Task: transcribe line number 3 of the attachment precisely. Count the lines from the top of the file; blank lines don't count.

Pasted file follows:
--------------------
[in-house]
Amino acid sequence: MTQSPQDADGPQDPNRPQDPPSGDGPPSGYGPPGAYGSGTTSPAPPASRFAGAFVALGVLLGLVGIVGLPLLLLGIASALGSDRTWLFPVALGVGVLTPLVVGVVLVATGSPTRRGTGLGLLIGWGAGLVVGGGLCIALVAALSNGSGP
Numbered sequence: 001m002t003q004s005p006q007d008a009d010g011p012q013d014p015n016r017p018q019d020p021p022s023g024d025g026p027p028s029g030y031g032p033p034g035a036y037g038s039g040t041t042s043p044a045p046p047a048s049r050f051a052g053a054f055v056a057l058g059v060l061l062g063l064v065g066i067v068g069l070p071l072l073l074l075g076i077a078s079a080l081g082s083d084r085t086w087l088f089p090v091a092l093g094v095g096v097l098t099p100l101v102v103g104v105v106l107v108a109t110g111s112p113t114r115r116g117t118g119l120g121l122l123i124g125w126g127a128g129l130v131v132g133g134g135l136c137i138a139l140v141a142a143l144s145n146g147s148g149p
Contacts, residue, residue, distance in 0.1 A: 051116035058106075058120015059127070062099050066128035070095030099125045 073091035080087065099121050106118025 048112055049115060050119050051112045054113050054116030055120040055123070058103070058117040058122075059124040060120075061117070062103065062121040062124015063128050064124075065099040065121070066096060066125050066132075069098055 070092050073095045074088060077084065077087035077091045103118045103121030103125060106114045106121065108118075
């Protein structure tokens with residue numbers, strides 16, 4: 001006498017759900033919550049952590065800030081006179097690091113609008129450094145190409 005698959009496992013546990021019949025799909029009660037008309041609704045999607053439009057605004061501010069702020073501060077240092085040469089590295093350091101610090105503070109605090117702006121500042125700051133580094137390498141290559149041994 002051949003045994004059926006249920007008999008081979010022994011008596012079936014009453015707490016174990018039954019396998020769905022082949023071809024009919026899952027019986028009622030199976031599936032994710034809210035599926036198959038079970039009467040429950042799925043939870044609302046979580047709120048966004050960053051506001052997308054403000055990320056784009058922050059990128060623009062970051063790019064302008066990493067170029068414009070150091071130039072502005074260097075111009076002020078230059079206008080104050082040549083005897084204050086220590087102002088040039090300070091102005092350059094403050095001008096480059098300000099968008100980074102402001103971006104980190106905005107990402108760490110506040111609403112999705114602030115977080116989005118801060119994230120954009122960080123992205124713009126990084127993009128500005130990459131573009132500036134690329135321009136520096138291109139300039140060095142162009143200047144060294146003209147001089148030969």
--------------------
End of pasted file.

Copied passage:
Numbered sequence: 001m002t003q004s005p006q007d008a009d010g011p012q013d014p015n016r017p018q019d020p021p022s023g024d025g026p027p028s029g030y031g032p033p034g035a036y037g038s039g040t041t042s043p044a045p046p047a048s049r050f051a052g053a054f055v056a057l058g059v060l061l062g063l064v065g066i067v068g069l070p071l072l073l074l075g076i077a078s079a080l081g082s083d084r085t086w087l088f089p090v091a092l093g094v095g096v097l098t099p100l101v102v103g104v105v106l107v108a109t110g111s112p113t114r115r116g117t118g119l120g121l122l123i124g125w126g127a128g129l130v131v132g133g134g135l136c137i138a139l140v141a142a143l144s145n146g147s148g149p